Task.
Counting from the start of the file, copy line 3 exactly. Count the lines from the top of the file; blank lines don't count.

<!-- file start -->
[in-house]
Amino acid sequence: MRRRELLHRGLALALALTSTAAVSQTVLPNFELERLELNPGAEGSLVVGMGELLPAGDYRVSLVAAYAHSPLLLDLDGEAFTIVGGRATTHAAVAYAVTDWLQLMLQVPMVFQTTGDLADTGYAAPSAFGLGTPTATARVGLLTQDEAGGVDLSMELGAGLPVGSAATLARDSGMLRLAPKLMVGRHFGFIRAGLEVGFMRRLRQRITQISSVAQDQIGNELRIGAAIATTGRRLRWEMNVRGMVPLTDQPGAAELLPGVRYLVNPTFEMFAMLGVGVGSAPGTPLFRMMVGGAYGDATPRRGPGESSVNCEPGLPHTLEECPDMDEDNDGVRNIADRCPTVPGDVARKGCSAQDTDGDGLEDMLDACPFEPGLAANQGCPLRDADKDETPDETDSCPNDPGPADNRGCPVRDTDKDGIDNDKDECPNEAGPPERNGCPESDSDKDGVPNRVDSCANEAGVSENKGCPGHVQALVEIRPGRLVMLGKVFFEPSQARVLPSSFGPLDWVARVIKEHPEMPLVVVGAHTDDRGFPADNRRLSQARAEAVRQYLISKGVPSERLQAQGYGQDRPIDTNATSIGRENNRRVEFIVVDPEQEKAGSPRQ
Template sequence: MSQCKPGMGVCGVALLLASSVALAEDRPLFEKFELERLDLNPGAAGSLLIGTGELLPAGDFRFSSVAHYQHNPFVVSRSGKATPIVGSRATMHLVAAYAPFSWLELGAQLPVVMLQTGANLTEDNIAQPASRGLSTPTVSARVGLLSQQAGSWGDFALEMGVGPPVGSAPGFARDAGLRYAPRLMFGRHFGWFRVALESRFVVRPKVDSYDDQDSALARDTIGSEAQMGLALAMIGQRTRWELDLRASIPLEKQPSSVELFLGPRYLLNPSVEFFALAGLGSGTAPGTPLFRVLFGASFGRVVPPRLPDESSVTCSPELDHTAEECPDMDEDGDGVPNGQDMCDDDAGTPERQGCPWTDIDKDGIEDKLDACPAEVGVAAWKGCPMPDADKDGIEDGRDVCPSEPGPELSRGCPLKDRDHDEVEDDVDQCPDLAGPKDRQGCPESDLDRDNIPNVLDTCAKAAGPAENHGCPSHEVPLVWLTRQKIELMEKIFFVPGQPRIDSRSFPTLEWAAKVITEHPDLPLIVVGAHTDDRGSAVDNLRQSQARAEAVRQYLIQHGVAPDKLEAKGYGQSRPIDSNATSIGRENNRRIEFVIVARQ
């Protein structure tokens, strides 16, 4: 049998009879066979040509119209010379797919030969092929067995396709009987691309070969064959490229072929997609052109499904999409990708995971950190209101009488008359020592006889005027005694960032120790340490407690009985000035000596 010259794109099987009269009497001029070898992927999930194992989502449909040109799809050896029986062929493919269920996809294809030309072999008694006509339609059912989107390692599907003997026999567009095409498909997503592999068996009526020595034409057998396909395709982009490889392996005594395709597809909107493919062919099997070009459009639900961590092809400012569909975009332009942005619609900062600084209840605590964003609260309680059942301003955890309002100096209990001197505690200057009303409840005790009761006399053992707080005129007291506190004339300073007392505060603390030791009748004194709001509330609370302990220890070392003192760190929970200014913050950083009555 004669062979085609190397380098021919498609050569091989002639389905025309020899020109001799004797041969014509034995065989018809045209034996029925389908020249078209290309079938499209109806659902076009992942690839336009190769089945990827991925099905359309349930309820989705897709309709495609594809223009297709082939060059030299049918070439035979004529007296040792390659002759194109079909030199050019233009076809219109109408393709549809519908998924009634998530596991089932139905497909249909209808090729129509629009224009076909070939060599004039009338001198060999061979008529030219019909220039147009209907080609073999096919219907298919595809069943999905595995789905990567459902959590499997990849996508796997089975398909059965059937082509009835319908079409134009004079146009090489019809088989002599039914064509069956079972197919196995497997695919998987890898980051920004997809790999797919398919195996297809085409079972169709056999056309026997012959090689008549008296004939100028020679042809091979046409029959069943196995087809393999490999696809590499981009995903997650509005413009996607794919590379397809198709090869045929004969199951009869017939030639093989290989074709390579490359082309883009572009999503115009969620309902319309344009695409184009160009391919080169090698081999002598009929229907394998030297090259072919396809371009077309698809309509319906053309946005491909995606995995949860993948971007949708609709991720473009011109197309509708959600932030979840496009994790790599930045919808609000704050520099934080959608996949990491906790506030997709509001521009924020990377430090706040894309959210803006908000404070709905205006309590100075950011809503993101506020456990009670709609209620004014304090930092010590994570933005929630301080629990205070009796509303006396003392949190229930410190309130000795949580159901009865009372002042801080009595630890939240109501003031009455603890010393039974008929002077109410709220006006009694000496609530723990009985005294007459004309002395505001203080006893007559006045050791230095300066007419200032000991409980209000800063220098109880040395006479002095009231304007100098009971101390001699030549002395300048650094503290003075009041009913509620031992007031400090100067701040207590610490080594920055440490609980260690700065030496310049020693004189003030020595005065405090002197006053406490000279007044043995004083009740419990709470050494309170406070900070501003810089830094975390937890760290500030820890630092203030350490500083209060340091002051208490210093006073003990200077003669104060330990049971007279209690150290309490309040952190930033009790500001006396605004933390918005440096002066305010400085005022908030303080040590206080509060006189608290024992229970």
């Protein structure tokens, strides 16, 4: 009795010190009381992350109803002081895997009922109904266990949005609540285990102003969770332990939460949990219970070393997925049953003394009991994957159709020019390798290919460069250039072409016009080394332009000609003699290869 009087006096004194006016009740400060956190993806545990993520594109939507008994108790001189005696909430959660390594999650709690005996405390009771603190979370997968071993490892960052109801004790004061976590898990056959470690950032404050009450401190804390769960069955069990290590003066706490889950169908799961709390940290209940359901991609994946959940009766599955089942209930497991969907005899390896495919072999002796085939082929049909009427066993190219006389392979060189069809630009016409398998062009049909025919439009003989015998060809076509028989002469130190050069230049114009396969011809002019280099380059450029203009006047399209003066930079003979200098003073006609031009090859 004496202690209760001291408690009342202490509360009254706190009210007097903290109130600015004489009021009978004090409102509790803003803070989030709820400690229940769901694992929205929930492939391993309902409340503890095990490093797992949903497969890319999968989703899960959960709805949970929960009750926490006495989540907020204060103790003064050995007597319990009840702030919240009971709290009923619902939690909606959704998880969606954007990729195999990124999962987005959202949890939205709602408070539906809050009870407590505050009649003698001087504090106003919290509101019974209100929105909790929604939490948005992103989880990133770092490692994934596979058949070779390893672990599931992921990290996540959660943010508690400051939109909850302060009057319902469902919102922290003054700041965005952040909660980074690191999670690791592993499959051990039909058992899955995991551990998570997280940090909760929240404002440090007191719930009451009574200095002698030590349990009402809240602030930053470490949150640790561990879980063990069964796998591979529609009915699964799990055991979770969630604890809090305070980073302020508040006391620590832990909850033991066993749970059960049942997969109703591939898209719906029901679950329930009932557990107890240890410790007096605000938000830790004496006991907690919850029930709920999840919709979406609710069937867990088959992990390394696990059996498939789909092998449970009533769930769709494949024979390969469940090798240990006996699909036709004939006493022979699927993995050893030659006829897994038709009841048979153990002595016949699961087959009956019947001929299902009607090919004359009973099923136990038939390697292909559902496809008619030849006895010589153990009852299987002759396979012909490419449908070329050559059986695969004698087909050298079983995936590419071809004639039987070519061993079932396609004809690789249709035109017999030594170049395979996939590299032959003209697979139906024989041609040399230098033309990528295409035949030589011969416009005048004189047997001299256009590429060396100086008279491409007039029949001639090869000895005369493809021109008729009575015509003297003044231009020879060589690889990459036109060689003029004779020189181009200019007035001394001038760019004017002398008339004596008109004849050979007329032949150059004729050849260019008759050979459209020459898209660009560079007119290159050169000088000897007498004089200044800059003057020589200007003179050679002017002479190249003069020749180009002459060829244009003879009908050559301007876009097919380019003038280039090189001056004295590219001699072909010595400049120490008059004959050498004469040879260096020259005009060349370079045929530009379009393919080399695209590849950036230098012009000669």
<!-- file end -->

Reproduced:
Template sequence: MSQCKPGMGVCGVALLLASSVALAEDRPLFEKFELERLDLNPGAAGSLLIGTGELLPAGDFRFSSVAHYQHNPFVVSRSGKATPIVGSRATMHLVAAYAPFSWLELGAQLPVVMLQTGANLTEDNIAQPASRGLSTPTVSARVGLLSQQAGSWGDFALEMGVGPPVGSAPGFARDAGLRYAPRLMFGRHFGWFRVALESRFVVRPKVDSYDDQDSALARDTIGSEAQMGLALAMIGQRTRWELDLRASIPLEKQPSSVELFLGPRYLLNPSVEFFALAGLGSGTAPGTPLFRVLFGASFGRVVPPRLPDESSVTCSPELDHTAEECPDMDEDGDGVPNGQDMCDDDAGTPERQGCPWTDIDKDGIEDKLDACPAEVGVAAWKGCPMPDADKDGIEDGRDVCPSEPGPELSRGCPLKDRDHDEVEDDVDQCPDLAGPKDRQGCPESDLDRDNIPNVLDTCAKAAGPAENHGCPSHEVPLVWLTRQKIELMEKIFFVPGQPRIDSRSFPTLEWAAKVITEHPDLPLIVVGAHTDDRGSAVDNLRQSQARAEAVRQYLIQHGVAPDKLEAKGYGQSRPIDSNATSIGRENNRRIEFVIVARQ